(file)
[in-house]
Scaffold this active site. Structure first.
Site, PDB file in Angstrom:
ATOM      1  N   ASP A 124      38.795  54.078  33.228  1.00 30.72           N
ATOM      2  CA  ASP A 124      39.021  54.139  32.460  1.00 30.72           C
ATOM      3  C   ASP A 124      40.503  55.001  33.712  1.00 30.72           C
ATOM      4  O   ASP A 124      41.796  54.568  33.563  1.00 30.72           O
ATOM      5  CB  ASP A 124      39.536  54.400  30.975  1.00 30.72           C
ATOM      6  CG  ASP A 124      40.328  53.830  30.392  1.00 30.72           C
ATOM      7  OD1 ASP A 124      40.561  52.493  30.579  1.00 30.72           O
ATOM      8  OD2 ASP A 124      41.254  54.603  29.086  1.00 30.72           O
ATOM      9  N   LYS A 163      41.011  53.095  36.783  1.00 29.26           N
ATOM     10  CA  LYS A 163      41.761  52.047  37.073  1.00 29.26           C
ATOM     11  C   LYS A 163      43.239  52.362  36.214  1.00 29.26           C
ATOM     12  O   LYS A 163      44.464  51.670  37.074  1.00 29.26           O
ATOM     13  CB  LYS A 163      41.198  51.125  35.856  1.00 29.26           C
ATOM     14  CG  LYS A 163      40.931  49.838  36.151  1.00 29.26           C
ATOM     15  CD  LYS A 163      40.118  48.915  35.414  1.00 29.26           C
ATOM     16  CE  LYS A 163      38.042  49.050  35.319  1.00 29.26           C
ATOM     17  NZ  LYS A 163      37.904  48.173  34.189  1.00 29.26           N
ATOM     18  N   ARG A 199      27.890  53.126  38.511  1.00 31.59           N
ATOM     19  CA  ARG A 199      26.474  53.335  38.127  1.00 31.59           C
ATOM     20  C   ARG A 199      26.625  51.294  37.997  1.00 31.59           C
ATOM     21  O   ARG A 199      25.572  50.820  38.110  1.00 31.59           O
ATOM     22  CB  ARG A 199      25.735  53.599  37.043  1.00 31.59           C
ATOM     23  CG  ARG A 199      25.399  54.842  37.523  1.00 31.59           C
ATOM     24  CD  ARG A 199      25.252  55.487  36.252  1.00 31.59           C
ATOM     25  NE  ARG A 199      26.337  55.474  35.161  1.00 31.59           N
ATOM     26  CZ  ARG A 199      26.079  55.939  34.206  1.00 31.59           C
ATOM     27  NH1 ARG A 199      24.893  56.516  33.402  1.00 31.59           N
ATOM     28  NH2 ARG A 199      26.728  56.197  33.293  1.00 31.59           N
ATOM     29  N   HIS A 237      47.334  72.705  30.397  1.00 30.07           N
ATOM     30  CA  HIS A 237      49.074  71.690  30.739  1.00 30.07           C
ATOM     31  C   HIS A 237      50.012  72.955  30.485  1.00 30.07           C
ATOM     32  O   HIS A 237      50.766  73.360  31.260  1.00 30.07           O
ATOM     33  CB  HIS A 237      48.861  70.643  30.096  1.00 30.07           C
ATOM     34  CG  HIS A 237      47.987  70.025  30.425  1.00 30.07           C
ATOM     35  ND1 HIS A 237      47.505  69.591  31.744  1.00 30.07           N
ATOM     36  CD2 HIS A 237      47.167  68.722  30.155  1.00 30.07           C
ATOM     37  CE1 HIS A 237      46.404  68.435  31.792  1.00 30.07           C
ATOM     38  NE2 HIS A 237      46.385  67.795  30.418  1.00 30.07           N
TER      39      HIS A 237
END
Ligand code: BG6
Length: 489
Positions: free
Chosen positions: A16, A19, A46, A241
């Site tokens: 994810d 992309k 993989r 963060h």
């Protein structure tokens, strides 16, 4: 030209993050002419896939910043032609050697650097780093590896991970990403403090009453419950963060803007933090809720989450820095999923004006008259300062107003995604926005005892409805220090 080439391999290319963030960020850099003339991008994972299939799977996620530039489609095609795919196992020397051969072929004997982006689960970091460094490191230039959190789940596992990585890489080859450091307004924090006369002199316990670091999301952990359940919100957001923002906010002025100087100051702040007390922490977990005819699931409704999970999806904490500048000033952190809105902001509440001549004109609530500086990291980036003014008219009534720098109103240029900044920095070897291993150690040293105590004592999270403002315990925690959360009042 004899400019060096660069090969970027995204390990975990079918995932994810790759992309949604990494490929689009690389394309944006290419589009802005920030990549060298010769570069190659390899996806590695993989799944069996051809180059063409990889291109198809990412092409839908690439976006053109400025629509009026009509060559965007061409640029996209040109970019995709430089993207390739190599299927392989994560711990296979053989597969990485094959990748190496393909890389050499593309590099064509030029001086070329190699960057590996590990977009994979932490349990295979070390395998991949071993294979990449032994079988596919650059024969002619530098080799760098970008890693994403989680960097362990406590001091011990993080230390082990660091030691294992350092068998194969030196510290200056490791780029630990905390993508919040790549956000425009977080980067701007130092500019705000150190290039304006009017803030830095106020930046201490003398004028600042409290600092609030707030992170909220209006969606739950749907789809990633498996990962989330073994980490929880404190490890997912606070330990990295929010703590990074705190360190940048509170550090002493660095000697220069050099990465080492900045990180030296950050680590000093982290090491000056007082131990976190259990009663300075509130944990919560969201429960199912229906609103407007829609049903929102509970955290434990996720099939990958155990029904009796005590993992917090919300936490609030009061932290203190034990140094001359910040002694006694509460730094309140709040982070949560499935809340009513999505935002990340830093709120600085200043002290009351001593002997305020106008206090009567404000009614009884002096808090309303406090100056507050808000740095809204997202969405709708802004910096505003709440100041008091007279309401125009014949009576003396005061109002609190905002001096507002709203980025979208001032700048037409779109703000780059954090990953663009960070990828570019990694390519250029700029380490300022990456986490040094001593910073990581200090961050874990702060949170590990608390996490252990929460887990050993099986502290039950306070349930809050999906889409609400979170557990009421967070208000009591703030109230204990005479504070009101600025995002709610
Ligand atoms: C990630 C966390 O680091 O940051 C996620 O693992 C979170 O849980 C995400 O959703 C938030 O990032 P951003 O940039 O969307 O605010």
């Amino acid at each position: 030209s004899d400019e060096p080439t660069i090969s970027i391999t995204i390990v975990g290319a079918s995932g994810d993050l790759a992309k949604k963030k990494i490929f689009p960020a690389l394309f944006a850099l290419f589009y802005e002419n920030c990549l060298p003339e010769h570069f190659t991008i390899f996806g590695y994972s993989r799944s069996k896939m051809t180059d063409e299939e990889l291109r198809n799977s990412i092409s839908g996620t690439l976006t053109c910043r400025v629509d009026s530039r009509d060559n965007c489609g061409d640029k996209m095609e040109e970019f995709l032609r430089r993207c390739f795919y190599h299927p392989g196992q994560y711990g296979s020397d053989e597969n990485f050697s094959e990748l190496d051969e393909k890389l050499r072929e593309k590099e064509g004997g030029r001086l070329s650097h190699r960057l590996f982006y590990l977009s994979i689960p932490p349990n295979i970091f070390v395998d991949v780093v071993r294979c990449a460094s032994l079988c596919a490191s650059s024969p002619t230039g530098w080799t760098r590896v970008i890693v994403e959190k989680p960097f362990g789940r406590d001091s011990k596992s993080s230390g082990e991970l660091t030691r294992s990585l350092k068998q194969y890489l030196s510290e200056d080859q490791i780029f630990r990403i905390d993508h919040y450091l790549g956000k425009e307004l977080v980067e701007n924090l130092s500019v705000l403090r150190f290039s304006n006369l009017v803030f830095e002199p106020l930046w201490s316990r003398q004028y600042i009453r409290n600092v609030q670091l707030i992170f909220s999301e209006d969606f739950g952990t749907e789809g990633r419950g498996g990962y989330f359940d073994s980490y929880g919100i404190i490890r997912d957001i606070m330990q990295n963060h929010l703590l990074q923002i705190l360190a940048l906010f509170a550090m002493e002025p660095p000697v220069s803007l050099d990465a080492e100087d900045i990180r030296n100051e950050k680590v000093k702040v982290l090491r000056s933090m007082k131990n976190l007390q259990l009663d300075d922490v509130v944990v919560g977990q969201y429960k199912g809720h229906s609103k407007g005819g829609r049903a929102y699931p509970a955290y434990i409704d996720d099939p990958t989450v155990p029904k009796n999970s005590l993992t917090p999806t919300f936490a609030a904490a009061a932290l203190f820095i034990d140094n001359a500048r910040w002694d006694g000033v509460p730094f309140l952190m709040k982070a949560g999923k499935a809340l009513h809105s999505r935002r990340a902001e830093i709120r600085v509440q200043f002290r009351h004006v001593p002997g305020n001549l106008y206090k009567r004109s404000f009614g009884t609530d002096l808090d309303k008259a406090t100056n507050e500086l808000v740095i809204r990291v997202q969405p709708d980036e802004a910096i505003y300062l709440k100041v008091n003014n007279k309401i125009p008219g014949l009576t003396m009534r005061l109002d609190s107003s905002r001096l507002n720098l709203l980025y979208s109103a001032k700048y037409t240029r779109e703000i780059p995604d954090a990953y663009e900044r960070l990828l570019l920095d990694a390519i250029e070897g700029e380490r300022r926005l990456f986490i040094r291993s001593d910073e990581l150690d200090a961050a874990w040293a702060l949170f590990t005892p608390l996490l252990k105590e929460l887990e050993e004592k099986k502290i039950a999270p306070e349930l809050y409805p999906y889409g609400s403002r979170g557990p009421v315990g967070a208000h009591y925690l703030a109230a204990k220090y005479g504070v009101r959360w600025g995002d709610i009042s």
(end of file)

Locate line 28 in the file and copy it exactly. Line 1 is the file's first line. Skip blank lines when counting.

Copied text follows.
ATOM     25  NE  ARG A 199      26.337  55.474  35.161  1.00 31.59           N